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Thursday, September 27, 2007 by admin
I’ve read a number of articles and thought pieces recently that explore the problems with approaches to IT delivery that focus too much on projects as the organising concept – particularly when it comes to SOA adoption. The shortcomings of an overly project-focused approach are something I can agree with wholeheartedly. The research we conducted for The Technology Garden (Wiley, 2007) convinced me that driving IT delivery using a project-focused organising principle is one of the worst things you can do if you want to try and increase the business value delivered from IT investments.
But if projects are passé, what should they be replaced with? Most of the commentary I’ve seen suggests that a better approach is to think as if you’re developing commercial software products. The excellent Todd Biske has one such piece here.
You have to be think carefully before diving deeply into a product management mentality, though. The trouble is that taking too literal a view of IT delivery through the lens of product management can prevent you from reflecting reality the way that “customers” (regular business people in your organisation, and quite possibly those external customers that ultimately pay all the salaries) see it.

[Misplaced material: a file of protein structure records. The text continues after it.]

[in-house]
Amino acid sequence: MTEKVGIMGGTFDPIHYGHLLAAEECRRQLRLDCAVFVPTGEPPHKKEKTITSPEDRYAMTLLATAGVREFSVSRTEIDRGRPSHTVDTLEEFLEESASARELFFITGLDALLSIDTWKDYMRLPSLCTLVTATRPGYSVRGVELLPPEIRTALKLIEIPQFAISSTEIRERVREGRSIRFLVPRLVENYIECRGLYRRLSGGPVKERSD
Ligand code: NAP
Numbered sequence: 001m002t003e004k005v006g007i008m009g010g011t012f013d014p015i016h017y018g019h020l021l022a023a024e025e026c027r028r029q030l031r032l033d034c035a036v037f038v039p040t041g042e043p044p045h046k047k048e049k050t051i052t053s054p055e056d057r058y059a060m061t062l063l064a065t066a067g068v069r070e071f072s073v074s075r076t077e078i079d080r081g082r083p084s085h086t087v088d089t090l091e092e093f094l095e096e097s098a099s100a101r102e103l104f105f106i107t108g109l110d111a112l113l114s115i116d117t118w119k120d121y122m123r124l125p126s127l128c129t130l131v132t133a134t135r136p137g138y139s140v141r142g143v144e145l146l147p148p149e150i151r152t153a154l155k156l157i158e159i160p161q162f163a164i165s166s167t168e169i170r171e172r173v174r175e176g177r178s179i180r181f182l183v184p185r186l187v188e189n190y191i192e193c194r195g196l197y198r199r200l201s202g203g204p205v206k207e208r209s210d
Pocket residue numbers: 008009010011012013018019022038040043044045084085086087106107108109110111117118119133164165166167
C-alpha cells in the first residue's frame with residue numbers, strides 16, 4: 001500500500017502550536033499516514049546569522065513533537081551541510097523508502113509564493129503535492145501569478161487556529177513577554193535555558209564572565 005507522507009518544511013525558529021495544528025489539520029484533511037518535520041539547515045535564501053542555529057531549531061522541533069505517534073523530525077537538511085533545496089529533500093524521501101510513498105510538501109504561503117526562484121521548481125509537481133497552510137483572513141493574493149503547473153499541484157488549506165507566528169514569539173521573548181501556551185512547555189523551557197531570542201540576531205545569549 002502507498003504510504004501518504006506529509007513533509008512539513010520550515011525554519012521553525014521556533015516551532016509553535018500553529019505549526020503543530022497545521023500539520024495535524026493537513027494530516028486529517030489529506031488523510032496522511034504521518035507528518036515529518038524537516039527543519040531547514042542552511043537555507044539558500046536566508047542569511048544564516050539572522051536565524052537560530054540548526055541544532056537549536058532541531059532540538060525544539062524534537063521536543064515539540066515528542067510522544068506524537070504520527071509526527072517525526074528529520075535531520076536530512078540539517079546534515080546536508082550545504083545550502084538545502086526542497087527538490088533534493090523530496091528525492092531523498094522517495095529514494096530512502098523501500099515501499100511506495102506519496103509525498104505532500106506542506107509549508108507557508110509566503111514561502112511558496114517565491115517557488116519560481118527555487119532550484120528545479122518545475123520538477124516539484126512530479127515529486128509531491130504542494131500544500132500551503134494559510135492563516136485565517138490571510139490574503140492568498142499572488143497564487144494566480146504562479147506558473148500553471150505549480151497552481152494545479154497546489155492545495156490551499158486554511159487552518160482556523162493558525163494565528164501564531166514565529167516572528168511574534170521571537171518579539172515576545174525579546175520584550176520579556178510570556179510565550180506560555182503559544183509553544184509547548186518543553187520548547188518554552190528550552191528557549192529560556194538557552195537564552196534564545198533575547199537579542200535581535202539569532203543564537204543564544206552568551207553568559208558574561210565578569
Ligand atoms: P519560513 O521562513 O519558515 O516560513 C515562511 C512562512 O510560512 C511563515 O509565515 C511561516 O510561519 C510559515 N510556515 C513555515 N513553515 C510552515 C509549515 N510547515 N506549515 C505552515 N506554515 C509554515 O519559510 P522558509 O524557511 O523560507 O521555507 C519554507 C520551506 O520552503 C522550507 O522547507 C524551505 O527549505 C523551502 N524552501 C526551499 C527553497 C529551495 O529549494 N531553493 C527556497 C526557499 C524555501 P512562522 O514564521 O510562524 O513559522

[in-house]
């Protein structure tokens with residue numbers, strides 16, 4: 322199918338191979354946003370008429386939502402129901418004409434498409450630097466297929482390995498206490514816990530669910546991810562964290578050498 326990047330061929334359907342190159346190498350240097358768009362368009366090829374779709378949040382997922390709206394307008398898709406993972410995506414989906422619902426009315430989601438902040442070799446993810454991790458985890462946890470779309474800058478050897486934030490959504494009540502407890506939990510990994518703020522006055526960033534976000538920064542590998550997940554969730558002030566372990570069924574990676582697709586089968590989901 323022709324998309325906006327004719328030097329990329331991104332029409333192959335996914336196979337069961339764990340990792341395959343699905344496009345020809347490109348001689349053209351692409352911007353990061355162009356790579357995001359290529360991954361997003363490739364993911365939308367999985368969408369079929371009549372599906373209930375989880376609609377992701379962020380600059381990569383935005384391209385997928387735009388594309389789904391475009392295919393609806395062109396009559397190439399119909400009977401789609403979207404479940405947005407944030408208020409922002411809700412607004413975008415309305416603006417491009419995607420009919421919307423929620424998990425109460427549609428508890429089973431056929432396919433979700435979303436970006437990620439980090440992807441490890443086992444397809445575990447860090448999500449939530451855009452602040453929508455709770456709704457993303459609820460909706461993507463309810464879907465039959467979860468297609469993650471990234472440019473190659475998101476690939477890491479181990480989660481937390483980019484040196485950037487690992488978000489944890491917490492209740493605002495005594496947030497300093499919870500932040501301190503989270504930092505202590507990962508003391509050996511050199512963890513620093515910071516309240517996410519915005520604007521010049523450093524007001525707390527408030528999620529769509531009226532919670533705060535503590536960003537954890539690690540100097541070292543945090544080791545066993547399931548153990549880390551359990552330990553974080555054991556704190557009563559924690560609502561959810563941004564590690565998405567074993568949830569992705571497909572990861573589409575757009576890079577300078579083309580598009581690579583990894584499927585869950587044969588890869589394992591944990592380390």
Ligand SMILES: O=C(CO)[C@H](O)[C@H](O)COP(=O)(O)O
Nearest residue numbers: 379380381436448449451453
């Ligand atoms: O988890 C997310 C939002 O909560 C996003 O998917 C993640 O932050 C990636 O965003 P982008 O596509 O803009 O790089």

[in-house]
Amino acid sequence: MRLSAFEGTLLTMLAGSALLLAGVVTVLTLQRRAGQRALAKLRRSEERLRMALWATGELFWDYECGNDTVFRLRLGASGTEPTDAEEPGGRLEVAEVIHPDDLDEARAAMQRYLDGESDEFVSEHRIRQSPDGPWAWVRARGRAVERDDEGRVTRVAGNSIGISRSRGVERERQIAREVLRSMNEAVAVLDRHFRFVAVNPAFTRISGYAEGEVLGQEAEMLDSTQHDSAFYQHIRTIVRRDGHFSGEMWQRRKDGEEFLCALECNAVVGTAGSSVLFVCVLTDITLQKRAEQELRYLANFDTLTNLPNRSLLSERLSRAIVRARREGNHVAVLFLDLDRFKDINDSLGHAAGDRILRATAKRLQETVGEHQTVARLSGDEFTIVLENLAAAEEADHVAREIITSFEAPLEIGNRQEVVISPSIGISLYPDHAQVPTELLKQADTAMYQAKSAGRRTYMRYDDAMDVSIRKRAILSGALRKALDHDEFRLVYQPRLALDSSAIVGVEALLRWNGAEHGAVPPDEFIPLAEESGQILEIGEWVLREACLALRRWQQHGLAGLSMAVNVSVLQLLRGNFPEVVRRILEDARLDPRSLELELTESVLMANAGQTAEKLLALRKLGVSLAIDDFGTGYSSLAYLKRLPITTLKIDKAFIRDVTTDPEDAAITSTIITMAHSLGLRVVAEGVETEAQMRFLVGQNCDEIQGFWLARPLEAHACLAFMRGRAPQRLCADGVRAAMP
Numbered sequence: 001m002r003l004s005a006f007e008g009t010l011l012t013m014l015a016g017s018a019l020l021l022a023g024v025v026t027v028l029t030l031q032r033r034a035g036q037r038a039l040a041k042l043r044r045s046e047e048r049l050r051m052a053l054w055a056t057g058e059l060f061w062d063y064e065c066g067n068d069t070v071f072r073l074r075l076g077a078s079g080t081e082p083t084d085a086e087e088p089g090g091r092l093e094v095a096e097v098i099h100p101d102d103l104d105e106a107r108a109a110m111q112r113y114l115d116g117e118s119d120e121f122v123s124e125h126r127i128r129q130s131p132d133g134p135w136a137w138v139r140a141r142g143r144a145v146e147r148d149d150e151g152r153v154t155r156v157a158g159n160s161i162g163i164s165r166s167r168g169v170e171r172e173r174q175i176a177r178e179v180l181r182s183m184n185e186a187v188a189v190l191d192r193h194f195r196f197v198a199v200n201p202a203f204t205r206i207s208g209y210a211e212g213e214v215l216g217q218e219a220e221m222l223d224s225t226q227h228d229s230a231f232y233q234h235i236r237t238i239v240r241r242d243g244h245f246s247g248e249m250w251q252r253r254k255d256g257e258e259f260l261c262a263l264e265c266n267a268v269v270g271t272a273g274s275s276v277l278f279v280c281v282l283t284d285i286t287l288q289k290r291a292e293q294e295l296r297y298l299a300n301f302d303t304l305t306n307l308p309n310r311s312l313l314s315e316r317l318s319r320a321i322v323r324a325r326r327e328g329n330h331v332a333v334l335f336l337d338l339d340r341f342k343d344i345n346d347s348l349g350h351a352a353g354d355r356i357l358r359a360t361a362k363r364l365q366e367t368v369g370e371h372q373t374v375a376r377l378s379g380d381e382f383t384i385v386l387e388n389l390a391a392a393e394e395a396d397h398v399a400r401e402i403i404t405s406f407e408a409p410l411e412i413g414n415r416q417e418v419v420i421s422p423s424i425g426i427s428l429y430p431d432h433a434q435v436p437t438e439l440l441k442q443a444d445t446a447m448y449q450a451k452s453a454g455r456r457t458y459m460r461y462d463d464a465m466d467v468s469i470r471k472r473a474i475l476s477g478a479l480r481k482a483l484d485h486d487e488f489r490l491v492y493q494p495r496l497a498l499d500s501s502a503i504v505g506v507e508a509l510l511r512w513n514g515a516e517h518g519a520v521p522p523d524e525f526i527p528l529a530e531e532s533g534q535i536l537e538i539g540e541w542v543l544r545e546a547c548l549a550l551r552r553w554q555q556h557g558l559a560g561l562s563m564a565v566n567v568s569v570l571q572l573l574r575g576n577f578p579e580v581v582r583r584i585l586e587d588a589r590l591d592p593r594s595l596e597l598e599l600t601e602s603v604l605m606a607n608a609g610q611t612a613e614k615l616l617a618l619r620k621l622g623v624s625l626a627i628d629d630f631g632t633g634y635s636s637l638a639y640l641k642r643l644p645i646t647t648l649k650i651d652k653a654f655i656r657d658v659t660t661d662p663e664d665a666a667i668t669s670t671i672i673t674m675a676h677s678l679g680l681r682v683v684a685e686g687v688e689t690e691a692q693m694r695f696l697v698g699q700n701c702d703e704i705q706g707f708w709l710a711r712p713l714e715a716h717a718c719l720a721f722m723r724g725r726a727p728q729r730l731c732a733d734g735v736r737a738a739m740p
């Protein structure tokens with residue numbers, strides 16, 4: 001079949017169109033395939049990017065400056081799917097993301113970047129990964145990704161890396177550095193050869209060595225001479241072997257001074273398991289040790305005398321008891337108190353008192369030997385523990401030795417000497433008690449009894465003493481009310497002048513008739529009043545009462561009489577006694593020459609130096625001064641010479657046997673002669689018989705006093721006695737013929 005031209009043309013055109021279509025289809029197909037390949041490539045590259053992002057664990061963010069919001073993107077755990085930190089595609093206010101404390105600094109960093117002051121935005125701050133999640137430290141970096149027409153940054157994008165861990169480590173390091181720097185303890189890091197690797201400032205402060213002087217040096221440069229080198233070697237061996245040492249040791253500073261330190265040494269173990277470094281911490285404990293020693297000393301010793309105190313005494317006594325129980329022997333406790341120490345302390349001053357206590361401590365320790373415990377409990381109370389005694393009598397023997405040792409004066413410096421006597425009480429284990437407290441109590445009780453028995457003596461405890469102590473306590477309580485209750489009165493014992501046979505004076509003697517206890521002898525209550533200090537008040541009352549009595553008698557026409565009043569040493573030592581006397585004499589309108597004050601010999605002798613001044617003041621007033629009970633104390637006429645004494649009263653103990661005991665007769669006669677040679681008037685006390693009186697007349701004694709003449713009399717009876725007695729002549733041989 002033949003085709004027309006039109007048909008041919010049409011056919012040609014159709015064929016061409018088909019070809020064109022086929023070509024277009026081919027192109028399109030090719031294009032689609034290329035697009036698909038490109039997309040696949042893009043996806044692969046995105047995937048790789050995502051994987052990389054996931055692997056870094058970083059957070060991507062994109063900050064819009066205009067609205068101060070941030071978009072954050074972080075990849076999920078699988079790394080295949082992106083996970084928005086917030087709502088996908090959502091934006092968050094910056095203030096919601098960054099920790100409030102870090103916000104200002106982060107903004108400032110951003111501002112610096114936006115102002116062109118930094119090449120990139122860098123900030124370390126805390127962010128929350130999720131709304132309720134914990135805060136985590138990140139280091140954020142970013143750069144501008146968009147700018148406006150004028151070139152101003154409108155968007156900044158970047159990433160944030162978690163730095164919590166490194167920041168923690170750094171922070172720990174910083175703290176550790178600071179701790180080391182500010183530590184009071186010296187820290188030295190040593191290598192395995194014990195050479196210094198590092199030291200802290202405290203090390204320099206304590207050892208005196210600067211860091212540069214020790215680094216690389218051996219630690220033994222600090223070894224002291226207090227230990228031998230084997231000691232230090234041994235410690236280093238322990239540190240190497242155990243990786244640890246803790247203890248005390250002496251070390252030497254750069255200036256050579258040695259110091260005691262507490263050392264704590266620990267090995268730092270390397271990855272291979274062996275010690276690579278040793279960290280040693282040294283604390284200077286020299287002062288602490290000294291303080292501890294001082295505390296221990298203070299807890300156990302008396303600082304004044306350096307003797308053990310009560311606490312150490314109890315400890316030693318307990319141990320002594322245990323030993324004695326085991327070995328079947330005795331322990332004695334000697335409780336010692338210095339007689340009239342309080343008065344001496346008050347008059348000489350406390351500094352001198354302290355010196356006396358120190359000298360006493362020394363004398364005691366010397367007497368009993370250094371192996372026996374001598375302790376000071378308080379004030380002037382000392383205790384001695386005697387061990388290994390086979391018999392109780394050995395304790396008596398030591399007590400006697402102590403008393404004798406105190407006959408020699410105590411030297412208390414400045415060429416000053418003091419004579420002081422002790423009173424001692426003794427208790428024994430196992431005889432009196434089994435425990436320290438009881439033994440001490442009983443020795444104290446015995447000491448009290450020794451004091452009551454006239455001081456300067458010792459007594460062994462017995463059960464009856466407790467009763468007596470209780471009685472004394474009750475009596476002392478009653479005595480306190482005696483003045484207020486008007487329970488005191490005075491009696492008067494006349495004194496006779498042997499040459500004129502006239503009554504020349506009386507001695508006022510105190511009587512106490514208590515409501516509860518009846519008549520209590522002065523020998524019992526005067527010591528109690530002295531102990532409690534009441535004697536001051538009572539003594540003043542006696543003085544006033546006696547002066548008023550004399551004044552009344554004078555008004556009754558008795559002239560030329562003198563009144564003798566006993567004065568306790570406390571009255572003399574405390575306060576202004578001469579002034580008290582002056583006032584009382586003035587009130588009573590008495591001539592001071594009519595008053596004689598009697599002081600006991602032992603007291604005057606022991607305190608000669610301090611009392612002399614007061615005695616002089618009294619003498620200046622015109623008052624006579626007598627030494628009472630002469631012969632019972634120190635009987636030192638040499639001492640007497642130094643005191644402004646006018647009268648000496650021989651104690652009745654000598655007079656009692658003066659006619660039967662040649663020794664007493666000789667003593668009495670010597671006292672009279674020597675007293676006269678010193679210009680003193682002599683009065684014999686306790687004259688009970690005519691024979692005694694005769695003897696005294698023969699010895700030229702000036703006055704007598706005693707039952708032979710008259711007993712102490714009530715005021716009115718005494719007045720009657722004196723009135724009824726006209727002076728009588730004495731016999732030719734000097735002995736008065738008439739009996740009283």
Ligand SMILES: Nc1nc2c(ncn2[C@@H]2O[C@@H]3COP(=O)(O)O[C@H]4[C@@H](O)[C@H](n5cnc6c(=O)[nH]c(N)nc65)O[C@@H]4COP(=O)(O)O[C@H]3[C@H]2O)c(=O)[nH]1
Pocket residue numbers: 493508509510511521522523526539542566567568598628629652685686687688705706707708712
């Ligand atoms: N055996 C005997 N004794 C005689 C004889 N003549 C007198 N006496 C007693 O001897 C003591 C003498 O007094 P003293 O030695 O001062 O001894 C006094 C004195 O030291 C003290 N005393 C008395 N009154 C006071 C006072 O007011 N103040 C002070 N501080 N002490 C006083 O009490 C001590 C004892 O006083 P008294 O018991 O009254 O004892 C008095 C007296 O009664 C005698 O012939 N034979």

Why? Because software products have no business value, no matter how well-managed the processes to create them were. Business value only comes when you implement a software product and get business results. A shrink-wrapped DVD by itself doesn’t get you any results, only a coaster for your coffee cup. Electronic software delivery doesn’t even get you a coaster – it just fills up your hard disks with useless ones and zeroes.
You have to wrap all kinds of IT services – install and config, integration, customisation, training, administration, user support and so on – to turn a product into something that delivers real business value to real business people. The interface that regular business people have with IT isn’t with products, it’s with IT services. Even Microsoft, the ultimate software shrink-wrapper, has realised that enterprise customers don’t buy products, they buy outcomes (see this old post for info).
That’s why the only way to deliver sustainable improvements in business value delivery is recognising that for the customers of IT organisations, “service is king”, and starting to organise IT delivery around that. The first obstacle to overcome is to find ways of bridging the incredibly harmful divide that so often separates software development teams from IT operations teams.
If you take too much of a product management centric view, the danger is that you focus all your energy creating the right kind of development and deployment capabilities, without thinking of the broader service experience that customers need and expect over the lifecycle of a long-term commitment. IT operations is where the rubber meets the road, and where customer expectations are met or dashed. Too simplistic a focus on product-style management for IT delivery perpetuates the development-operations divide and squanders a great opportunity.